The provisions of the EA 2002 and the Bill are different in a number of respects; for example, the application financial thresholds. Under the EA 2002, certain mergers may be scrutinised where the company taken over has a UK turnover of more than £70m. The threshold was reduced to £1m for companies active in the fields of military or dual used goods subject to export control, computer processing, or quantum technology. At the time of writing this article, the EA 2002 continues to apply to businesses investing in the UK.

The ability of the government to scrutinise acquisitions that have taken place from 12 November 2020 onwards has left numerous businesses asking what they should now do, if anything, since the Bill is not yet law.

The government has recommended businesses to assess whether an ‘informal representation’ should be made under the provisions of the Bill via a designated email address. The benefits of making informal representations, the government suggested, include early business planning and receiving assistance from the SoS.

Since foreign-to-foreign deals may be caught under the Bill, overseas lawyers advising on acquisitions with UK elements should also, where appropriate, lodge informal representations. The call-in power of the SoS will not be, in any event, exercisable before the Bill is enacted.

The Secretary of State’s investigative powers

The SoS may issue notices requiring persons to provide information in order for the SoS to determine, for example, whether the call-in notice should be issued or remedies imposed. The SoS will also have the power to summon witnesses to assist him in carrying out his functions under the Bill. The investigative powers of the SoS will extend to overseas persons in certain circumstances.

Assessment period: final orders and notices

Should the SoS decide to scrutinise the transaction by issuing a call-in notice to the acquirer, he will have 30 working days (which may be extended for a further 45 working days), referred to as the assessment period, to:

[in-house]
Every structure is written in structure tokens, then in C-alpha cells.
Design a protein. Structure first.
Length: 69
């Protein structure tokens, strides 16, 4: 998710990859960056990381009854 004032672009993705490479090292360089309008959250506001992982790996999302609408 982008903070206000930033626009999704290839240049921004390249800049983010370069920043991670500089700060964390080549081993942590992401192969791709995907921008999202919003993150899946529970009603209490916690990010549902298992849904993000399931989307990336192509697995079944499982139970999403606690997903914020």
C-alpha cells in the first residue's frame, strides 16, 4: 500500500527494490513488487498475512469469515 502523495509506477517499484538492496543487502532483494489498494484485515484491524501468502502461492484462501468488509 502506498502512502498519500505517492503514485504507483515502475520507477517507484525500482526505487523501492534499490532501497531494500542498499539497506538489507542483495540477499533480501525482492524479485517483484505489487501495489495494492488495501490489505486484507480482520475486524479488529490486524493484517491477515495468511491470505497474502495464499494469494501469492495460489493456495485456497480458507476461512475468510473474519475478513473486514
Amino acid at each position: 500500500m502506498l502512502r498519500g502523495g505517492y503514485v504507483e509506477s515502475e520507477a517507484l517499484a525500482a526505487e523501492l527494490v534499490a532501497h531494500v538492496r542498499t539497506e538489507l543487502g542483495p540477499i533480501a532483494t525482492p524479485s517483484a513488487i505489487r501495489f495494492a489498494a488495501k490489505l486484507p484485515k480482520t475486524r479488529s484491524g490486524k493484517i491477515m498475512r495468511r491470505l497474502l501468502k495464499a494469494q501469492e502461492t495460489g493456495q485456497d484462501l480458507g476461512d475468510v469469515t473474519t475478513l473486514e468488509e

• make a final order to prevent, remedy or mitigate the risk; or

  • give a final notification that no further action in relation to the call-in notice is to be taken.

A final order may:

  • require a person to do or not to do particular things;

  • appoint a person to conduct or supervise the activities of the transaction on such terms and with such powers as described in the order;

  • require the contents of the order to remain confidential; and/or

  • include any consequential, supplementary or incidental provision.

It is particularly important to note that, during the assessment period, businesses will be able to continue to progress their deal unless ordered otherwise by the SoS. In addition, the procedure is not intended to be a lengthy one: according to the Government, ‘the vast majority of transactions will require no intervention and will be able to proceed quickly and with certainty in the knowledge that the government will not revisit a transaction once cleared unless inaccurate information was provided’.

Interim orders

The SoS will have the authority to issue interim orders to restrict acquirers from taking any actions which could prejudice his ability to investigate and assess a trigger event. The obligations on acquirers pursuant to interim orders may take the same form as final orders (described above).


Completing a notifiable acquisition without the appropriate approval, or failing to comply with an interim or final order, may lead to civil penalties (the higher of five per cent of total value of worldwide turnover and £10m), or criminal sanctions (imprisonment of up to five years).